1. Analysys Mason’s claims on regulatory holism and scrutiny of cost recovery reveals pseudo-facts, opinions presented as facts. Analysys Mason proffers that cost recovery will harm end users and investment, but cites no theory, academic references, or empirical evidence to prove this.  This section of Analysys Mason’s report mischaracterizes broadband cost recovery policy efforts globally. For example, Analysys Mason characterizes cost recovery as mandated network usage fees, yet no such regime exists. South Korea still relies on market-based negotiation for data transit between content providers and broadband providers. Strand Consult provides official links to the policies and proceedings around the world so that readers can judge for themselves. Indeed the policymaking underway in South Korea, a synthesis of 7 bills from different political parties, attempts to strengthen the market-based negotiation between edge providers and broadband providers with proposals for good faith, duty to deal, transparency, and prohibitions against refusal to supply. These conditions were necessitated because edge providers have either threatened to withhold or degrade content if free access was not provided by broadband providers.
  1. Analysys Mason’s claims about cost recovery and South Korea fail the fact check. Analysys Mason’s claims about South Korea contradicts the reality of a nation consistently rated as a world’s broadband leader as measured by multiple sources. In the last section of the paper, Analysys Mason asserts that cost recovery will harm investment and end users, with a particular attempt to impugn cost recovery efforts in South Korea. Strand Consult provides the facts on South Korea. Authoritative independent sources on South Korea shows that content and investment have increased, and broadband prices have fallen. South Korea reigns as the world’s leading broadband nation, enjoys the world’s highest adoption of next generation networks, and ranks 7th globally for its creative industries. Moreover, Google and Netflix report record profits in South Korea even when they negotiate for network usage with broadband providers. 
  2. The purpose of Analysys Mason’s report is to argue for the policy status quo for Big Tech.

Analysys Mason itself states, “This report is intended to bring a clear and evidenced-based perspective to the global debate regarding whether network usage fees should be introduced.” (p. 4). However, the Analysys Mason report does not provide evidence on the subject of network usage fees. Rather it argues and demonstrates that tech companies are investing more in their own businesses, notably to make them more efficient to deliver more content and service. In this regard, the investments by tech companies for their own benefit is utterly rational and predictable. However, it does not follow that internet giants are now entitled to access broadband providers’ networks for free.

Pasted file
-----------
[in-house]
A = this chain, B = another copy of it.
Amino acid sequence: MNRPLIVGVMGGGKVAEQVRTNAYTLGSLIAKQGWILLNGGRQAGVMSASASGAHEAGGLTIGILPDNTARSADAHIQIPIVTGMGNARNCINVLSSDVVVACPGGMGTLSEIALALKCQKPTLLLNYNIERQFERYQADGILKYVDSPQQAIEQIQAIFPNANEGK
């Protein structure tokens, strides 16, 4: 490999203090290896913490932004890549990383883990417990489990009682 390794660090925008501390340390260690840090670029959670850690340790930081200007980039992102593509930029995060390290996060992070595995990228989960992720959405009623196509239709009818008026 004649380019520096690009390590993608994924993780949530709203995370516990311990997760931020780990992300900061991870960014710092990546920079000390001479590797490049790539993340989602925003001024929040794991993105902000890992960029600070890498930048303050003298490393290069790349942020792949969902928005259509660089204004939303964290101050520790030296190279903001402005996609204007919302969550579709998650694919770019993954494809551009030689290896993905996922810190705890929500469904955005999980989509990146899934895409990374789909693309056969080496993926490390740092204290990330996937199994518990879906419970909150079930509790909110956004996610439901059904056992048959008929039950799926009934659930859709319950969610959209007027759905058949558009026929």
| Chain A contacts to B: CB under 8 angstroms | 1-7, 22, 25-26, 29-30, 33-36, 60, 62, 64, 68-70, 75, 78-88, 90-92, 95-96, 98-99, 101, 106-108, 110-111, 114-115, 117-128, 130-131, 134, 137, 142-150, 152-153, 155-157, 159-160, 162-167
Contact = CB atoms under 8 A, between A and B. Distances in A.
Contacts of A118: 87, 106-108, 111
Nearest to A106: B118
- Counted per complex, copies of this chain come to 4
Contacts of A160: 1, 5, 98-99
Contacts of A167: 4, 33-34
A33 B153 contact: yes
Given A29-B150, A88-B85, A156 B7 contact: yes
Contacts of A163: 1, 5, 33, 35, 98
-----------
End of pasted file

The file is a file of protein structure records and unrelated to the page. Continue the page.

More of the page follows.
If edge providers believe they are so critical to the ecosystem and that they are leading investors in “internet infrastructure,” so much so that they want to be measured up against broadband providers in investment, then Analysys Mason’s report could be understood as a justification that edge providers be regulated like broadband providers.

Given documented shortfall of broadband network investment in certain areas, the social cost suffered with lack of broadband access, and the growing reliance of society and the economy on broadband networks, the financing of broadband networks has become an important policy issue. Many nations increasingly see that edge providers have a role and responsibility to participate in the financing of networks beyond the provision of their proprietary services. The emergence of Analysys Mason’s report is interesting in its content and timing to argue against the global efforts for broadband cost recovery. Big Tech, which has largely prospered under the broadband policy status quo, doesn’t want change. Big Tech benefits handsomely from others’ broadband investments and as people adopt the internet.

Strand Consult further fact check’s Analysys Mason assertion of the “interdependent, mutually beneficial” markets for data transport. Strand Consult’s microeconomic analysis of 50 rural US FTTH providers demonstrates that broadband providers have increasing costs from growing video streaming entertainment traffic. Not only can rural broadband providers not recover costs, they have no data exchange relationships with Big Tech giants anyway, and their attempts to negotiate fall on deaf ears. Few, if any, broadband providers have been able to raise prices meaningfully in the face of growing costs.

Even if policymakers believe that Big tech has no obligation to pay or negotiate for the use of broadband providers’ networks (as Netflix has argued in South Korea court), there is a still a valid case for internet giants to support universal service obligations and affordable connectivity programs which provide vouchers and broadband subsidies directly to end users. If Big Tech wants accolades as infrastructure providers, they should also shoulder the burdens. Get more knowledge today. Become smarter tomorrow. Order this free report.